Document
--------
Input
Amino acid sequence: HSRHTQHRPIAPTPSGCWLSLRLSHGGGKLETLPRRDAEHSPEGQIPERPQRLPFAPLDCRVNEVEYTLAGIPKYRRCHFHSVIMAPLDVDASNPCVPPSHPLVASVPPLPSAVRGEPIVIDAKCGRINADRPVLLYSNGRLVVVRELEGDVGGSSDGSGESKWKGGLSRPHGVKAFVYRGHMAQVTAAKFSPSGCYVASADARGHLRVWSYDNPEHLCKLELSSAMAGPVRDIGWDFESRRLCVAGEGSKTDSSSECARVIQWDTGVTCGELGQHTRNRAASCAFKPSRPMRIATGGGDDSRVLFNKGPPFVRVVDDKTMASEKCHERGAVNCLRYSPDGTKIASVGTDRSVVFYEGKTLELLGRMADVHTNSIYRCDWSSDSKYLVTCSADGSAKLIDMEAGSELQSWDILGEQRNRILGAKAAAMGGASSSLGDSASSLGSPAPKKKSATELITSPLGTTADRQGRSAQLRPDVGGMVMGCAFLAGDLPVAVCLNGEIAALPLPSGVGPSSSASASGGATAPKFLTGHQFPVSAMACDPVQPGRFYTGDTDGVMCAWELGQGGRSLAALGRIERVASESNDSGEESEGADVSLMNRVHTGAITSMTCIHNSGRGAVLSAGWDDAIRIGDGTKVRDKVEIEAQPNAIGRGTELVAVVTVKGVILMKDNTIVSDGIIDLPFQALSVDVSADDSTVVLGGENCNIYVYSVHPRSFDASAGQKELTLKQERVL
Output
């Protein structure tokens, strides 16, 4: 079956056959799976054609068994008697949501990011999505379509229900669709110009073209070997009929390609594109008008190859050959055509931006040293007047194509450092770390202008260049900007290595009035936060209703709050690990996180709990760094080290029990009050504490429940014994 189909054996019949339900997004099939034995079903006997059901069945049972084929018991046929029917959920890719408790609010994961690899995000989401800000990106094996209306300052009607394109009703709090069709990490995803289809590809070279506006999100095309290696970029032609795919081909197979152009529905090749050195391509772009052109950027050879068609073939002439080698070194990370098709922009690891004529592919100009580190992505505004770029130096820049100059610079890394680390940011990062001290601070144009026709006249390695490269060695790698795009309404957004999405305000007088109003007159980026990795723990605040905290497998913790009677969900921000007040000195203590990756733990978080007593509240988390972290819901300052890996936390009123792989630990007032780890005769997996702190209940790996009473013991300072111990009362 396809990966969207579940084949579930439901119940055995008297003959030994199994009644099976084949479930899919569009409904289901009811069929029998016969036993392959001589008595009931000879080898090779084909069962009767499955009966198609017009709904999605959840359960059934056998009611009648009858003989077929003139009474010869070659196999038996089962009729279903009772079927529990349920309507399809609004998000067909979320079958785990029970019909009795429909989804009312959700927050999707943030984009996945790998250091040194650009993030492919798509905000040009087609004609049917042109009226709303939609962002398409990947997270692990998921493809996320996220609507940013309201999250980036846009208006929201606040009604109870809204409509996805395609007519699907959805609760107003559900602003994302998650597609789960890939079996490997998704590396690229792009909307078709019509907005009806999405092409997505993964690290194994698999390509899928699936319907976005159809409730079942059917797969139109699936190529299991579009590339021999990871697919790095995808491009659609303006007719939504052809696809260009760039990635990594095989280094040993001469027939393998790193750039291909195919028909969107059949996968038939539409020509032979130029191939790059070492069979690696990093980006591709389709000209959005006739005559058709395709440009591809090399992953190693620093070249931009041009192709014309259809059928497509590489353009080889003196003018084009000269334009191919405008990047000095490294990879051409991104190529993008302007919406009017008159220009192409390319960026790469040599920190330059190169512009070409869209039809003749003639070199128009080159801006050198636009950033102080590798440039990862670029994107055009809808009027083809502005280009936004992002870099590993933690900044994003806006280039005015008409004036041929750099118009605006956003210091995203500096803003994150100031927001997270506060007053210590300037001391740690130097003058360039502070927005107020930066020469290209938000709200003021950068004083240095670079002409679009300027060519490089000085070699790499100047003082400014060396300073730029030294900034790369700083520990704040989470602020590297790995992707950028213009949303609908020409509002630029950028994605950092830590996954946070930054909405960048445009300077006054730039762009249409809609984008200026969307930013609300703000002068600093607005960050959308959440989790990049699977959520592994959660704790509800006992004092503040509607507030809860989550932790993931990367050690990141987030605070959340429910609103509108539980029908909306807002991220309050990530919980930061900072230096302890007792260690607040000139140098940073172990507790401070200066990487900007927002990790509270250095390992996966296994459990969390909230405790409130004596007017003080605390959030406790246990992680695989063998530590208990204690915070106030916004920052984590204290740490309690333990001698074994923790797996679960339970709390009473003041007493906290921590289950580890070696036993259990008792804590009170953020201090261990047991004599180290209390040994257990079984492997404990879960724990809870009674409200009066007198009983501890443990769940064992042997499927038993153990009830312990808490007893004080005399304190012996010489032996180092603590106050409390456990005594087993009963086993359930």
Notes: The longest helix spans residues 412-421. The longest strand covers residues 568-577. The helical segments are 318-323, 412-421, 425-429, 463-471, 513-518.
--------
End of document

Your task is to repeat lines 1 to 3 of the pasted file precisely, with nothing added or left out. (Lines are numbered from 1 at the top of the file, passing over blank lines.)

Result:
Input
Amino acid sequence: HSRHTQHRPIAPTPSGCWLSLRLSHGGGKLETLPRRDAEHSPEGQIPERPQRLPFAPLDCRVNEVEYTLAGIPKYRRCHFHSVIMAPLDVDASNPCVPPSHPLVASVPPLPSAVRGEPIVIDAKCGRINADRPVLLYSNGRLVVVRELEGDVGGSSDGSGESKWKGGLSRPHGVKAFVYRGHMAQVTAAKFSPSGCYVASADARGHLRVWSYDNPEHLCKLELSSAMAGPVRDIGWDFESRRLCVAGEGSKTDSSSECARVIQWDTGVTCGELGQHTRNRAASCAFKPSRPMRIATGGGDDSRVLFNKGPPFVRVVDDKTMASEKCHERGAVNCLRYSPDGTKIASVGTDRSVVFYEGKTLELLGRMADVHTNSIYRCDWSSDSKYLVTCSADGSAKLIDMEAGSELQSWDILGEQRNRILGAKAAAMGGASSSLGDSASSLGSPAPKKKSATELITSPLGTTADRQGRSAQLRPDVGGMVMGCAFLAGDLPVAVCLNGEIAALPLPSGVGPSSSASASGGATAPKFLTGHQFPVSAMACDPVQPGRFYTGDTDGVMCAWELGQGGRSLAALGRIERVASESNDSGEESEGADVSLMNRVHTGAITSMTCIHNSGRGAVLSAGWDDAIRIGDGTKVRDKVEIEAQPNAIGRGTELVAVVTVKGVILMKDNTIVSDGIIDLPFQALSVDVSADDSTVVLGGENCNIYVYSVHPRSFDASAGQKELTLKQERVL
Output